Redox stress and hepatic DNA fragmentation induced by diquat in vivo are not accompanied by increased 8-hydroxydeoxyguanosine contents

S. Gupta, H. E. Kleiner, L. K. Rogers, S. S. Lau, C. V. Smith

Research output: Contribution to journalArticle

3 Scopus citations

Abstract

Administration of 0.1 mmol/kg of diquat to Fischer-344 rats causes acute hepatic necrosis by mechanisms that appear to involve increased generation of reactive oxygen species, but the critical targets of the proposed oxidations have not been identified. In the present study the effects of diquat-induced redox stresses on hepatic protein thiol status were determined by derivatization of subcellular fractions with monobromobimane and separation of the fluorescent derivatives by SDS-PAGE. No differences in hepatic thiol status were seen in animals 2 or 6 h after diquat, relative to saline-treated controls, despite documentation of injury by elevated plasma transaminase activities. Hepatic DNA fragmentation was increased in diquat-treated animals (24.9 ± 5.1 vs 6.7 ± 0.3% (controls) at 2 h; 57.2 ± 4.1 vs 4.6 ± 0.3% (controls) at 6 h, P < 0.001). However, 8-hydroxydeoxyguanosine (8-OHdG) contents in hepatic DNA were not increased by diquat (35.3 ± 6.2 μmol 8-OHdG/mol deoxyguanosine (dG)) over saline-treated controls (28.3 ± 2.6). Plasma NH3 concentrations increased in diquat-treated rats from 49 μM in controls to 170 μM 6 h after treatment with diquat. Hepatic activities of glutamine synthetase (GS) were lower in diquat-treated rats (39.7 ± 3.0 mU/mg protein) than in controls (65.8 ± 3.4, P < 0.001), but activities of carbamyl phosphate synthetase-I (CPS-I), were not decreased significantly. The oxidation of proteins to forms reactive with 2,4-dinitrophenylhydrazine (DNPH) was investigated in subcellular fractions by Western blot analyses with a monoclonal antibody to DNP-derivatized bovine serum albumin (BSA). N-terminal sequencing of bands exhibiting reactivity with anti-DNP-BSA antibodies indicated protein carbonyl formation in malate dehydrogenase, protein disulfide isomerase, and glutathione transferase. The functional consequences of oxidation of these proteins are not known but the observation of protein carbonyl formation and no measurable loss of protein thiol content are consistent with iron chelate-mediated oxidation in the transformation critical to expression of tissue damage. The time course data are consistent with DNA fragmentation as a mechanism contributing to the development of cell injury, but the absence of increases in 8-OHdG indicates that direct oxidation of DNA may not be responsible.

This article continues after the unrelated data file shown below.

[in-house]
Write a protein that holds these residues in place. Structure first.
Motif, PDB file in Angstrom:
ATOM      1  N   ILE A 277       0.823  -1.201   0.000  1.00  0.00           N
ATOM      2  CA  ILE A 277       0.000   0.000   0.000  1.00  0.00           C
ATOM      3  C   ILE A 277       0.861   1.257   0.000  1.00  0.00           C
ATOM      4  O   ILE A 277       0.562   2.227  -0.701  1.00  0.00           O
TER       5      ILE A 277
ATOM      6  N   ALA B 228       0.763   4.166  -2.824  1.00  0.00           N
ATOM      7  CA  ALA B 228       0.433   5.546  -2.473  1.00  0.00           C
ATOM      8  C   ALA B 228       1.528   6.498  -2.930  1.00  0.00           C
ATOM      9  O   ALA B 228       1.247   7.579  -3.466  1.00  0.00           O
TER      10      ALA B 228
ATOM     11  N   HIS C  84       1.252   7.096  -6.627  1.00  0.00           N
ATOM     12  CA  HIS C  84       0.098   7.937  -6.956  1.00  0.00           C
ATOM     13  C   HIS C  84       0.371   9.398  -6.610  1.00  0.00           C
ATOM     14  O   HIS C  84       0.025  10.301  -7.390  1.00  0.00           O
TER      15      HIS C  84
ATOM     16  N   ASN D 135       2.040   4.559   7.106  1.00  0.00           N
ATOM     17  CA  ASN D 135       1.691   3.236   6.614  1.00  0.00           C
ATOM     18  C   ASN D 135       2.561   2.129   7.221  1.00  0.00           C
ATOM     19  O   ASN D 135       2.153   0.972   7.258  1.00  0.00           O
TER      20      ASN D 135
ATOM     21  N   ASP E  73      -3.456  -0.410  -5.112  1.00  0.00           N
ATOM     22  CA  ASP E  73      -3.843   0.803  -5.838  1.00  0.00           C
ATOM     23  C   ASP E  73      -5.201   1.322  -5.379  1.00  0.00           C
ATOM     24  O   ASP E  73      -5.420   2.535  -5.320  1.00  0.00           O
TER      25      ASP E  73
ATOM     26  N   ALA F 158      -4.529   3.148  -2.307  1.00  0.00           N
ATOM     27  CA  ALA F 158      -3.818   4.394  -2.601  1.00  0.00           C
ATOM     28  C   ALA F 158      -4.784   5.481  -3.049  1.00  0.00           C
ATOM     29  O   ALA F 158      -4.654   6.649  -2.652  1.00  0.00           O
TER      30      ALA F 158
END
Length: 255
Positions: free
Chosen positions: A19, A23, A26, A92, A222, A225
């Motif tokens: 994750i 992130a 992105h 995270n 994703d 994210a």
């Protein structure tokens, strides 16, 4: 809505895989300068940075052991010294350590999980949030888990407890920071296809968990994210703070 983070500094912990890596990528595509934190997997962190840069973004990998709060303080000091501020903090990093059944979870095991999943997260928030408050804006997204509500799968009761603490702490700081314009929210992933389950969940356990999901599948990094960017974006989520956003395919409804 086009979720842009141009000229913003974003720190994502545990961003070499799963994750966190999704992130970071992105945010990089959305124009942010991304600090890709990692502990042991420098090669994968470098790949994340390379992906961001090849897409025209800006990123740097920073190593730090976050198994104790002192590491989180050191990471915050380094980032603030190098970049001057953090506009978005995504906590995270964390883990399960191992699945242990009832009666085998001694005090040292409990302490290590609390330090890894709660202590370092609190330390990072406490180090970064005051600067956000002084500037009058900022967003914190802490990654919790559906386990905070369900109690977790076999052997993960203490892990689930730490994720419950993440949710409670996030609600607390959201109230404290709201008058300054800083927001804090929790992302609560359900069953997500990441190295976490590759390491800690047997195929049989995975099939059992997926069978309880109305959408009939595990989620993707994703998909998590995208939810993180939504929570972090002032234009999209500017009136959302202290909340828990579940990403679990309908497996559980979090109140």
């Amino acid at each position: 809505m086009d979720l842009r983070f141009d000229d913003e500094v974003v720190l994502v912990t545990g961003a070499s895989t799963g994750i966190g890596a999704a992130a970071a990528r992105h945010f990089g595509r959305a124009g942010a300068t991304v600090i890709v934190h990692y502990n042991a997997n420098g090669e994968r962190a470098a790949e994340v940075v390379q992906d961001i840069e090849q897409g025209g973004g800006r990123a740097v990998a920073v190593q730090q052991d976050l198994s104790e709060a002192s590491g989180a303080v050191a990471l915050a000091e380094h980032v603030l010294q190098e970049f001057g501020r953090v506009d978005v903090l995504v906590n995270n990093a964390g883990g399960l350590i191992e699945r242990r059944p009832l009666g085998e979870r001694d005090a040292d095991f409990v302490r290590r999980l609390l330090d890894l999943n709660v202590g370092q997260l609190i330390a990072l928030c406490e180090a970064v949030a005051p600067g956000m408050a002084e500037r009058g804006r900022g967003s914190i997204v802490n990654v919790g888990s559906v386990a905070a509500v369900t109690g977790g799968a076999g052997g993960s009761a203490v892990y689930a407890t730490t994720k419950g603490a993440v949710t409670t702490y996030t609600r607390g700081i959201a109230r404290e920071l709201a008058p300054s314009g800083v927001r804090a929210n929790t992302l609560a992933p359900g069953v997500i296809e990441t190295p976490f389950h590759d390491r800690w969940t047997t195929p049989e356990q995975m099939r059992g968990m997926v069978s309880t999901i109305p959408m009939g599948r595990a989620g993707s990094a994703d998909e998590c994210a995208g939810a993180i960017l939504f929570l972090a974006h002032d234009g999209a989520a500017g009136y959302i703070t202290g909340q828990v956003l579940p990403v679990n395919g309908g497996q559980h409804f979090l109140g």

Original languageEnglish (US)
Pages (from-to)31-39
Number of pages9
JournalRedox Report
Volume3
Issue number1
DOIs
StatePublished - Feb 1997
Externally publishedYes

ASJC Scopus subject areas

  • Biochemistry
  • Physiology
  • Clinical Biochemistry
  • Cell Biology
  • Biochemistry, medical

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